Wednesday, August 17, 2011

Nuclear Power Station : Part 1

       A generating station which converts the nuclear energy into an electrical energy is called nuclear power station.
       In such a power station, heavy radioactive elements like uranium (U235), Thorium (Th232), are subjected to the nuclear fission. The fission is breaking of nucleus of heavy atom into the parts by bombarding neutrons. This is carried out in a special nuclear reactor. During the nuclear fission, huge amount of energy is released.
       The heat energy that released is used in rising the steam at high pressure and temperature. The steam turbines are operated using the high temperature steam. The turbines converts the heat energy into a mechanical energy. The turbine drives the alternator which converts mechanical energy into an electrical energy.
       The energy conversion involved in the nuclear power station is shown in the Fig.1.
Fig. 1 Energy conversion

1.1 Conversion of Nuclear Energy
       According to Einstein's hypothesis, the relation between the energy released by the nuclear reaction of the mass given by,
                          E = mc2
where        E = Energy released in jouls
                 m = Actual mass converted into energy in kg
                 c = Velocity of light = 3 x 108 m/s
       There are three types of nuclear reaction, radioactive decay, fission and fusion. Out of this, only fission is used to produce the energy.
       The fission reaction is achieved by bombarding an electrically neutral neutron, on the positively charged nucleus of radioactive element. This results in the sustained reaction to release two or three neurons for eacj one absorbed in fission.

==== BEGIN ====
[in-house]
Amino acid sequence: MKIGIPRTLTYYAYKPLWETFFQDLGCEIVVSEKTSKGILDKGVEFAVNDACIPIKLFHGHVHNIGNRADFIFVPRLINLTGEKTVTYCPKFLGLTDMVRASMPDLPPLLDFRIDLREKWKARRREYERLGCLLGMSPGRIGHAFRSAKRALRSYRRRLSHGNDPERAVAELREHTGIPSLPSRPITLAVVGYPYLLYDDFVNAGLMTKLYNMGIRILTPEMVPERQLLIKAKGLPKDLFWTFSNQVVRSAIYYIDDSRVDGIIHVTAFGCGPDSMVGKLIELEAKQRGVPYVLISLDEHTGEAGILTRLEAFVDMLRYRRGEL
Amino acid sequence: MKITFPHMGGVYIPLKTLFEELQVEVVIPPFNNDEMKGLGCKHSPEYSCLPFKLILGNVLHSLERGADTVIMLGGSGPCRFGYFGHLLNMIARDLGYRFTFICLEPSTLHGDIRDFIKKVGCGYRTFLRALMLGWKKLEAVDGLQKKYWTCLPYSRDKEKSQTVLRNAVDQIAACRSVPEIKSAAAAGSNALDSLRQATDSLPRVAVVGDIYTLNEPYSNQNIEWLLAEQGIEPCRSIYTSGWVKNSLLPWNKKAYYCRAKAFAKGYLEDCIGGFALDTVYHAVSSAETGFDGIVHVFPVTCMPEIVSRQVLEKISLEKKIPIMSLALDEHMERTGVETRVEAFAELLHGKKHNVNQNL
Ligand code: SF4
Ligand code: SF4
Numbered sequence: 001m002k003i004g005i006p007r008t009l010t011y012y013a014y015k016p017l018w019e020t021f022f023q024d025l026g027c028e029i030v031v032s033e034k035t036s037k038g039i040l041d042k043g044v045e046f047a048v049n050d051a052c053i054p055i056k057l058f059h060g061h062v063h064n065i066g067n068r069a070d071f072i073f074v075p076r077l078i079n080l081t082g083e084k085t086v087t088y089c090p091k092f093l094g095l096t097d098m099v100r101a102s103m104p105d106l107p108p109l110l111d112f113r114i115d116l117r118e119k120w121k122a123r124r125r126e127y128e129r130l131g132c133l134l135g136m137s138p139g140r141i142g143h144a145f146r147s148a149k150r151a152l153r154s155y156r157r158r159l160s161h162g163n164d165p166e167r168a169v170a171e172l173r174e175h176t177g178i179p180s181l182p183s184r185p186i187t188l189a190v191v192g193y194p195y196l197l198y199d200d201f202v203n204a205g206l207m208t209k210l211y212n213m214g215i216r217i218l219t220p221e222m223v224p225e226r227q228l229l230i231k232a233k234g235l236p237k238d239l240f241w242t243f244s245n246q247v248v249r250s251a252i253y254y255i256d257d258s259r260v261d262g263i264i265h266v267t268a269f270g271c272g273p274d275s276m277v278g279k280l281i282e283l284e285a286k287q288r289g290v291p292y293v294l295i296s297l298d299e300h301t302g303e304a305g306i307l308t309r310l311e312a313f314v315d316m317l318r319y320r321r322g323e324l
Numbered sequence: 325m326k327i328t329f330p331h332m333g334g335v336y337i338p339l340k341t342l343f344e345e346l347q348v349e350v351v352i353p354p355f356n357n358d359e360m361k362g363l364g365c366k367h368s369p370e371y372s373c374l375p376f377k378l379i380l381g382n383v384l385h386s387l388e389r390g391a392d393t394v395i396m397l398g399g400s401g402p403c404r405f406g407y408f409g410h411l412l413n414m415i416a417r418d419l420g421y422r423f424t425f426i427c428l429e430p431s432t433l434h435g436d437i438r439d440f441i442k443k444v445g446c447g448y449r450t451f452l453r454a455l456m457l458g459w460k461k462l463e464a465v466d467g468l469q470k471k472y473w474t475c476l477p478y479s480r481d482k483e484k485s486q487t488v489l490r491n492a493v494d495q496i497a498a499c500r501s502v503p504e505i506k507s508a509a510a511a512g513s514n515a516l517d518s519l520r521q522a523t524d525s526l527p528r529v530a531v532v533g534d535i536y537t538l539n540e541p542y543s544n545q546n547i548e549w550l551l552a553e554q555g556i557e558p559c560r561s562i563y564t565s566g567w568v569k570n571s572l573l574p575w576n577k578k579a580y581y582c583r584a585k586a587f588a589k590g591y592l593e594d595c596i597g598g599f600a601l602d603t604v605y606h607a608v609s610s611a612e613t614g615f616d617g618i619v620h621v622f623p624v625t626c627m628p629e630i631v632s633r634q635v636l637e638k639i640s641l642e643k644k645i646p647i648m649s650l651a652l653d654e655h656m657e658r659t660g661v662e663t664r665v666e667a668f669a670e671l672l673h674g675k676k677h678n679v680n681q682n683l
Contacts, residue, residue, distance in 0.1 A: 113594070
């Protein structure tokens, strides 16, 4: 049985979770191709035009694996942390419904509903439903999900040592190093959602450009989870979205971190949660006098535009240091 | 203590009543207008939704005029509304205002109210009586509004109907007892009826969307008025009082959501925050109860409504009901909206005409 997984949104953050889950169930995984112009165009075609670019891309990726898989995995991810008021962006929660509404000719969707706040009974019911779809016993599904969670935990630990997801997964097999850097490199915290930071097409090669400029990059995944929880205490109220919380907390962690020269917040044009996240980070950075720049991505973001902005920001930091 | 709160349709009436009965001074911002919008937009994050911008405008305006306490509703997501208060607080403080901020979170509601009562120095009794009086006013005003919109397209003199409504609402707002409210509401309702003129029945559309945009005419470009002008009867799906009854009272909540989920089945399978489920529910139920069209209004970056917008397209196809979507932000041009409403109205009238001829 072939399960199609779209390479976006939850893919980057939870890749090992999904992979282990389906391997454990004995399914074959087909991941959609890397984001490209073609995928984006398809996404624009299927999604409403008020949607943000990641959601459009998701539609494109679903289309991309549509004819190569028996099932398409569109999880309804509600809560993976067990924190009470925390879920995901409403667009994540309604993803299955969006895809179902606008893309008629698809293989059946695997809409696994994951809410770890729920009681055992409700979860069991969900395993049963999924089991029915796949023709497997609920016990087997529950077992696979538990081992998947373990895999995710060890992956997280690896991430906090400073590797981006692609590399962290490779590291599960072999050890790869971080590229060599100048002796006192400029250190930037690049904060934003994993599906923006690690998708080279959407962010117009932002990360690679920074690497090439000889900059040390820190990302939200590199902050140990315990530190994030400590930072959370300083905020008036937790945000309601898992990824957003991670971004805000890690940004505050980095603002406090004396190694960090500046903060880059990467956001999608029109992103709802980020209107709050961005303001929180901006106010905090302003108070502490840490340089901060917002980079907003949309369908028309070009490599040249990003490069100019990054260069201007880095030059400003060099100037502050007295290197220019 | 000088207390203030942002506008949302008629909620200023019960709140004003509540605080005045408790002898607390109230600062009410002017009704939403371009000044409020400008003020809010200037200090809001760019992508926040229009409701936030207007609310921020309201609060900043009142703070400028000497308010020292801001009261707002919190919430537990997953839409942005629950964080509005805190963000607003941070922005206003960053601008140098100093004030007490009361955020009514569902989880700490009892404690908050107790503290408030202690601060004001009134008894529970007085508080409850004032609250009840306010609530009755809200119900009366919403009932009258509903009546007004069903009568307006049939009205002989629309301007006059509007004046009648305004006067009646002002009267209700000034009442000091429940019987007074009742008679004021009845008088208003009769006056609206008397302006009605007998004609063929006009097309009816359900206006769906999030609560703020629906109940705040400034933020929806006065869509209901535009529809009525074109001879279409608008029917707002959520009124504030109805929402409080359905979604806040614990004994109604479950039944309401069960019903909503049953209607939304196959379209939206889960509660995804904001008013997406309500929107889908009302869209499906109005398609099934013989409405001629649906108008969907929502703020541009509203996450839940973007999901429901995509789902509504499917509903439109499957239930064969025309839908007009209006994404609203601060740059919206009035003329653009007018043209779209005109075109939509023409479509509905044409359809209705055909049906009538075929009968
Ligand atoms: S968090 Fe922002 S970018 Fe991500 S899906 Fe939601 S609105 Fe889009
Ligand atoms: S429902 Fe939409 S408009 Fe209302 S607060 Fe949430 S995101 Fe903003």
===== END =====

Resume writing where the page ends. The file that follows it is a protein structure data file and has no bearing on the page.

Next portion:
The immediate products of fission reaction such as xenon (Xe140) and strontim (Sr94) are fission fragments and are the decay products. The complete fission of 1 gm of U235 nucleus produces 0.948 MW energy per day.
1.2 Factors selection of site
       The following factors are to be considered for the selection of site for the nuclear power station.
1. Availability of water : Water is a secondary working fluid and used as a coolant for the cooling purpose, in the nuclear power station. A huge amount of water is necessary for this purpose. Hence site must be near the river or canal so that abundant quantity of cooling water is availabe.
2. Disposal of waste : The immediate products of fission reaction are the waste products which are radioactive in nature. These can cause problems to the health of the people and hence must be disposal quickly. Such a waste is either burried in deep pits or disposal off in the sea. Hence the site should be selected so that their is sufficient arrangement for disposal of such radioactive waste products.
3. Distance from populated area : The radioactive elements are hazardous to the health of the people around. There is always danger of presence of radioactivity in the atmosphere near the plant. Hence as a safety measure the site itself must selected to far away from the populated area. Practically a dome is used in the plant, which restricts radioactivity to spread in the atmosphere.
4. Transportation facilities : For transporting the equipments and the machinery required, there must be adequate transportation facilities. The site must accessible by a rail or road so that it is easy for the movement of the workers, working in the plant.
5. Nearness to the load centres : Though the site should be away from the populated area near the river or sea, it should not be too large distance, due to which transmission cost may increase tremendously.
6. Cost and type of land : The land price must be reasonable and the bearing capacity of the land should be good enough to withstand the forces due to heavy equipments of the plant.
        All these factors affects the selection of site for the nuclear power station.
1.3 General Arrangement of Nuclear Power Plant
       The Fig. 2 shows the schematic arrangement of a nuclear power plant.
        The entire arrangement can be divided into following stages.
1.Nuclear reactor      2. Heat exchange (Steam generator)
3. Steam turbine         4. Alternator               5. Cooling water circuit.
Fig.2    Schematic arrangement of nuclear power station
See Nuclear Power Station : Part 2

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